Aside from avoiding the gauntlet of anti-semites shouting “go back to Poland” on hostile American campuses, there are priceless collateral advantages for American students attending college in Israel. First, and foremost, is the opportunity to lead a full Jewish life in the Jewish homeland. Whether this means learning Hebrew, celebrating holidays along with an entire nation, or enhancing one’s own Jewish identity beyond Bar Mitzvah level, it is all dayenu (“that would have been enough”). And if it does not lead to Aliyah, students would return to the states more enlightened Jews better able to assume leadership roles in their communities.

Second, while most mouth the virtues of diversity and inclusion, Israel is the real deal. Over 100 countries are represented in Israel’s population, from places like Iraq, India, Yemen, Morocco, Egypt, Ethiopia, Bulgaria, Germany, France and Argentina. More than fifty percent of Israelis are “people of color” (of Mizrahi descent from North Africa). Twenty percent of Israeli citizens (over two million people) are Arabs. There are an abundance of Palestinians, Druze, Christians, Armenians, Bedouins, and, of course, Jews. Attending college in Israel exposes students to an incredibly diverse array of people, certainly more than in most American universities.

Third, many American Jews put some value on their children socializing with and even marrying other Jews to continue ancient Jewish traditions. Such unions often take place at college and where better to increase the chances of such coupling? Israel or rural Michigan?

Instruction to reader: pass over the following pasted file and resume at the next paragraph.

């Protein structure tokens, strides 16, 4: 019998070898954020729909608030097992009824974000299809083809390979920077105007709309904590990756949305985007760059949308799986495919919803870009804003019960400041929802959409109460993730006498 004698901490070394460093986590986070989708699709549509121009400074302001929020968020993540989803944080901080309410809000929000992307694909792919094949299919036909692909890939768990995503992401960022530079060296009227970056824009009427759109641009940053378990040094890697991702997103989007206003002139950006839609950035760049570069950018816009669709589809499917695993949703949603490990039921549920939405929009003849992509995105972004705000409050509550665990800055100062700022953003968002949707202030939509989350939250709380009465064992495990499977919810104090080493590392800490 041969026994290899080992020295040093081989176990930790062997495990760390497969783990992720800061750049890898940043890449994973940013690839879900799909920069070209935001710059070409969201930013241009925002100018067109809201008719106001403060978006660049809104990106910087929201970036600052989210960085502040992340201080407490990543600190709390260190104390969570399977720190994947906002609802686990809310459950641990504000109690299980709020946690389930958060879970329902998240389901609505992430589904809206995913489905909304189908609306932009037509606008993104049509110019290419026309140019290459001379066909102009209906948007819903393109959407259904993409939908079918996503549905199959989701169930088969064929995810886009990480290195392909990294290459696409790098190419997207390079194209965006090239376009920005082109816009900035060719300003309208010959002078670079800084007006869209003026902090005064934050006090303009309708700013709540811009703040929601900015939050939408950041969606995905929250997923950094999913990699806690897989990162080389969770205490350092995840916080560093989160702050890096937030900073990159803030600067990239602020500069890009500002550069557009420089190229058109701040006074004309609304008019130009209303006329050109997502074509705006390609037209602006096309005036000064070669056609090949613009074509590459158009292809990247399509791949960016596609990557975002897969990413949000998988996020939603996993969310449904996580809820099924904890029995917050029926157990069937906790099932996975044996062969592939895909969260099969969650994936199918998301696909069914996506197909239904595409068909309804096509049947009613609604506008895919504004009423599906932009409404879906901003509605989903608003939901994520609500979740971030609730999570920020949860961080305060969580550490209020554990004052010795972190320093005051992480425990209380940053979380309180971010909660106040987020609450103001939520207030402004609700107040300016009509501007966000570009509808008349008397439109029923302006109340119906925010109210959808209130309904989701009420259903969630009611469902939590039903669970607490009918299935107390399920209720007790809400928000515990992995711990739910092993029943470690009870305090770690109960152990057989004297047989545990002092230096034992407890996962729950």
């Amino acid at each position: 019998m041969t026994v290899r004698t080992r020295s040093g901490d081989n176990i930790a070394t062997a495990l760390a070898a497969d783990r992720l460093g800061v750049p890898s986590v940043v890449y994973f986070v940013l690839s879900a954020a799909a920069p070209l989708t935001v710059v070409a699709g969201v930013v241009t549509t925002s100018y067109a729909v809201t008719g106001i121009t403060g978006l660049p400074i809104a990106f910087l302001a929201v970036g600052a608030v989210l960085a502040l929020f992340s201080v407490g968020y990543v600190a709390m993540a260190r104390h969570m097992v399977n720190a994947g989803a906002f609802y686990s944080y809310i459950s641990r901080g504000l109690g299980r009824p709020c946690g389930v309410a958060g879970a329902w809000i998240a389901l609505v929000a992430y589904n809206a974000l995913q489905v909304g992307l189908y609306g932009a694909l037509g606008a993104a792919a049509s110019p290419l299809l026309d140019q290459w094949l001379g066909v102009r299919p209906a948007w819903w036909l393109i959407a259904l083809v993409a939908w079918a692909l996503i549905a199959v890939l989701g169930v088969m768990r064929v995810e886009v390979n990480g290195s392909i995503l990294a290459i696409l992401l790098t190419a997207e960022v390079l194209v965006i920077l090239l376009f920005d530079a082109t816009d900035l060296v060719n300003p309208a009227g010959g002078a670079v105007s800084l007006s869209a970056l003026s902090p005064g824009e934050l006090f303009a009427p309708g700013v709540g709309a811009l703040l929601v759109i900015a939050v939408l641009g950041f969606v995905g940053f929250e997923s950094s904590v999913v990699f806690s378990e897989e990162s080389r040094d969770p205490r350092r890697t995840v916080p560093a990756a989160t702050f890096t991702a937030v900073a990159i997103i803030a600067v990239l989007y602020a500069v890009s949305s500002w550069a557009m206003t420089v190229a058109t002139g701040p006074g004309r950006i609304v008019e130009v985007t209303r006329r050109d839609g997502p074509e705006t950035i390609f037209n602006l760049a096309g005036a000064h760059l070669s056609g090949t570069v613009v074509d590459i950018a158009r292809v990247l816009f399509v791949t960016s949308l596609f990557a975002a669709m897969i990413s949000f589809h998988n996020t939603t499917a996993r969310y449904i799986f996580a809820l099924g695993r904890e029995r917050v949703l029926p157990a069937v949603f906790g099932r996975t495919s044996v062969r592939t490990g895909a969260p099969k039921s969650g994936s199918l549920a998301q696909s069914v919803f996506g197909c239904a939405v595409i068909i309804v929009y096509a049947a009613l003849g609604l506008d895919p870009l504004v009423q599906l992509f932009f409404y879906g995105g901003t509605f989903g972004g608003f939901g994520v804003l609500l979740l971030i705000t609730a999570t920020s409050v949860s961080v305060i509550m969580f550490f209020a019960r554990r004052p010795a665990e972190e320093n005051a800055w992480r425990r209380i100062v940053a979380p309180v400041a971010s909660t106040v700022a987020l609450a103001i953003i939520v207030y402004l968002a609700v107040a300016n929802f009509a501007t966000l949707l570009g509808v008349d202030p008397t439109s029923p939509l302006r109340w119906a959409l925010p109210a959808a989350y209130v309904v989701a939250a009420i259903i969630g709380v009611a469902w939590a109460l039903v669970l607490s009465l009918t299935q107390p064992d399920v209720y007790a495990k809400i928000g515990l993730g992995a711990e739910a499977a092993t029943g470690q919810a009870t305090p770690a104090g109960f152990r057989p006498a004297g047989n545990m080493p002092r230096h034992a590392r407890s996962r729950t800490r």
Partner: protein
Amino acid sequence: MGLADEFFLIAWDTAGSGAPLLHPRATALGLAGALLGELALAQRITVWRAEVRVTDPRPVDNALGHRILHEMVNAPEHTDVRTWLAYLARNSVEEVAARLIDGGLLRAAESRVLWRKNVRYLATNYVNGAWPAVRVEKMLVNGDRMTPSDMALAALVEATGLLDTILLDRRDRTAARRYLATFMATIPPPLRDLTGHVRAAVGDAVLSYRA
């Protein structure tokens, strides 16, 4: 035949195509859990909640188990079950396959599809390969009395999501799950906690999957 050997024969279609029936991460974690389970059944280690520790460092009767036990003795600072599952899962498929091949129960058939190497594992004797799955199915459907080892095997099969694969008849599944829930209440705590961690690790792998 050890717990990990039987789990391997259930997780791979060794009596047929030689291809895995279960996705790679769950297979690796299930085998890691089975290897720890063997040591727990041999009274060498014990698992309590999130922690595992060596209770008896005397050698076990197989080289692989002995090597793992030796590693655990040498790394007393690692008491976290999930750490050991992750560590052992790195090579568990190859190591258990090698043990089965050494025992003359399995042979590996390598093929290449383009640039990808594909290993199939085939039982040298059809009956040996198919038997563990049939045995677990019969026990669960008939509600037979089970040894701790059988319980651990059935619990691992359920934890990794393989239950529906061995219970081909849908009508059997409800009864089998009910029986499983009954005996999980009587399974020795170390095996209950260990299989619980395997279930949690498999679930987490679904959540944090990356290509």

With the growing demand from American students, Israeli colleges are increasingly offering undergraduate degree programs in English in distinguished places like Hebrew University, Tel Aviv University, the Technion and other locales. Not to be overlooked is the fact that, relatively speaking, Israeli universities are seriously affordable. Most have three year programs where tuition, room and board run between $8,000 to $15,000/year. Compare that to the $50,000 to $90,000 at a private American university where our Jewish children have to hide their kippahs and stars of David and are saddled with a lifetime of student loans.

This option is but a continuation of Jewish education from a Bar/Bat Mitzvah in Israel, Alexander Muss High School in Israel, and Birthright Israel. It is less daunting and permanent than the dramatic decision to make Aliyah to Israel. It is part of a gradual evolution to see if our children or grandchildren should plant the family flag in Israel (we can always follow as many grandparents are doing today).

The choice is ours and our children’s. Do we “choose life” in Israel or hiding out in the more “welcoming” parts of the country such as Texas, Florida, and Alabama (as Mosaic suggests)? And, if not now, when?

About the Author
Steve Frank is retired after a 30-year career as an appellate lawyer with the U.S. Department of Justice in Washington, D.C. His writings on Israel, the law and architecture have appeared in numerous publications including the Washington Post, the Chicago Tribune, the Baltimore Sun, the Jerusalem Post, the Jewish News Syndicate and Moment magazine.